I sat down to watch The Tillman Story after Netflix gave it high marks as a recommendation. It was a blistering story about the cover-up of Pat Tillman’s death by friendly fire in Afghanistan.
“In war, truth is the first casualty.” – Aeschylus
I wanted to learn some more and remembered that Jon Krakauer had written Where Men Win Glory: The Odyssey of Pat Tillman. Tillman was the starting free safety for the Arizona Cardinals when he decided to enlist in the army. Although he didn’t want the attention, he was transformed into an icon of 9-11 patriotism. A legend, foregoing millions to serve his country. Neither the movie nor this book squarely address why Tillman decided to enlist. It seems clear that it was very personal decision, only truly know by Mr. Tillman and his wife.
What the movie failed to portray was Tillmana person. That was the focus of the book. What I didn’t realize was the intellectual prowess of Tillman. He is portrayed not as a meathead jock who wants to shoot things. He comes across as thoughtful and introspective.
Besides the portrayal of Tillman as a person, Krakauer spends large chunks of the book setting the background on other key players. There is great background on history of U.S. involvement in Afghanistan going back to the Soviet invasion. Many of the weapons used against US soldiers likely came from U.S. funding of the Mujahideen during their battle against the Soviets. Then there is the rise of Osama bin Laden and his desire to draw the Unites States into Afghanistan. There were plenty of missed opportunities during the Clinton administration to counter the rise of bin Laden. Perhaps he was distracted by the Lewinsky scandal?
With the bloodshed in Iraq and Afghanistan, along came propaganda to support the war effort. The prelude to the Tillman incident was the Jessica Lynch incident. She was initially portrayed as a hero, firing her weapon until she ran out of ammunition, fighting to death and taking multiple gunshot wounds and stab wounds. Later, a Special Operations force swept in and rescued her from torture and abuse by her captors.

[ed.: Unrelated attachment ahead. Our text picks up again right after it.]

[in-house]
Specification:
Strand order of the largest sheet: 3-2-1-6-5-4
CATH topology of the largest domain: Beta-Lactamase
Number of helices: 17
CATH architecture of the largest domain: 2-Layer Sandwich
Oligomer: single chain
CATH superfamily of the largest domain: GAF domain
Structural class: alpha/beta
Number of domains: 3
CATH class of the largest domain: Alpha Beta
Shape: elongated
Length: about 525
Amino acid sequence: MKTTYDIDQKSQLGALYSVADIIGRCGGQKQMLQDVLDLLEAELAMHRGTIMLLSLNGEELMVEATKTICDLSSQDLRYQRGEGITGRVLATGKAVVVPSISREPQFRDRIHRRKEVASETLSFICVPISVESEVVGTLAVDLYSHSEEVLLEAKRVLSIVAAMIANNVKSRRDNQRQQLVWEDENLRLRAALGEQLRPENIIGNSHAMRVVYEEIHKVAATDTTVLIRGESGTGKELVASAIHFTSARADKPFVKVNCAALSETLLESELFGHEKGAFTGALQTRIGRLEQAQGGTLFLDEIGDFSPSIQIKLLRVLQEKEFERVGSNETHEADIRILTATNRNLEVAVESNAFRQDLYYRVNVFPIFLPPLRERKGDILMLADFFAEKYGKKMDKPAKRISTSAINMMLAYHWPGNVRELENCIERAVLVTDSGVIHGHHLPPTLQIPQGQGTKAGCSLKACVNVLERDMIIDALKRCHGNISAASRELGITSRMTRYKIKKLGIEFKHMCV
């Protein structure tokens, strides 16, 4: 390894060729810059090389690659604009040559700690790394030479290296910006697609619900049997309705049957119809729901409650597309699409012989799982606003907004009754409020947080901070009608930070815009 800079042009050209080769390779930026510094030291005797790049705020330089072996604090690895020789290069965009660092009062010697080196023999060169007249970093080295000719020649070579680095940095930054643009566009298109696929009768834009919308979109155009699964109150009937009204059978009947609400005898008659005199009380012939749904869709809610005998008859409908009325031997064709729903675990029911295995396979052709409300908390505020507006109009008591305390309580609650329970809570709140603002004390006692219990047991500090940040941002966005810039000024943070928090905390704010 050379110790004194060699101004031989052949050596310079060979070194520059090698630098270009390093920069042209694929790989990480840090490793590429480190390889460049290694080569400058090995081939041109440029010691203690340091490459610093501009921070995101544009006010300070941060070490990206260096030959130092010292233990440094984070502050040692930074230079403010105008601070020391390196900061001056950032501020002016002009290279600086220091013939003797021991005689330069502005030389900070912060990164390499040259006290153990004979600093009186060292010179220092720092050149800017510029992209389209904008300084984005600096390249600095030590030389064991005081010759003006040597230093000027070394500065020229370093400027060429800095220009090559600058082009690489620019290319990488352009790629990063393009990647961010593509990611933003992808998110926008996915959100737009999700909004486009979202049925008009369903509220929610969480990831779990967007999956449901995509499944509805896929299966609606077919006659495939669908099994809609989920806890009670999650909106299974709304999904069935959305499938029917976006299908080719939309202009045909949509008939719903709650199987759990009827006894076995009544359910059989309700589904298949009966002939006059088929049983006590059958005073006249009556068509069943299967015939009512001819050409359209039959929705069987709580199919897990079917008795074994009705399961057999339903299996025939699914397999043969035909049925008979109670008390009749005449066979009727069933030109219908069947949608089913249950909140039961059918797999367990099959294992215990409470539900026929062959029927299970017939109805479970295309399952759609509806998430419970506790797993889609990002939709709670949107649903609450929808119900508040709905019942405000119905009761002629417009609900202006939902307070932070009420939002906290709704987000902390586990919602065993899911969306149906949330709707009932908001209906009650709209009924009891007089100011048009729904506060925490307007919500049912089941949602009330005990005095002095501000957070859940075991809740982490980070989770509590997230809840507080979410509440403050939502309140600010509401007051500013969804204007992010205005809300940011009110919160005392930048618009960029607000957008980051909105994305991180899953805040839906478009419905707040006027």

Unfortunately, the truth is that she sustained her wounds when her Humvee crashed into another truck in her convoy. She never fired a single shot because her gun jammed. During her stay in Saddam Hussein General Hospital she was treated as any other patient. The doctors were the ones who told US forces that Lynch was in the hospital. When the huge Special Operations force arrived at the hospital, they met no significant resistance.
Tillman played a very minor role in the Lynch “rescue.” But the propaganda success of the Lynch incident played a big role in what happened after Tillman was killed by friendly fire thirteen months later.
Tillman’s enlistment generated good headlines for the war effort. The military leaders and the White House assumed that painting his death as the saga of a fallen hero would create a media frenzy. Tillman was posthumously awarded the Silver Star and promoted to corporal for his bravery in the combat that took his life.
A commanding officer assured Tillman’s brother that whoever was responsible would pay dearly. “This would turn out to be the first in a long string of broken promises and self-serving lies proffered to the Tillman family by commissioned officers of the U.S. Army.”
Having read Into Thin Air and Into the Wild, I expected some solid writing. Krakauer has proven he can craft a true story into a page-turner of a book, bringing depth to the participants and providing insights to their motivation. He delivers again.
Where Men Win Glory is worth your reading time.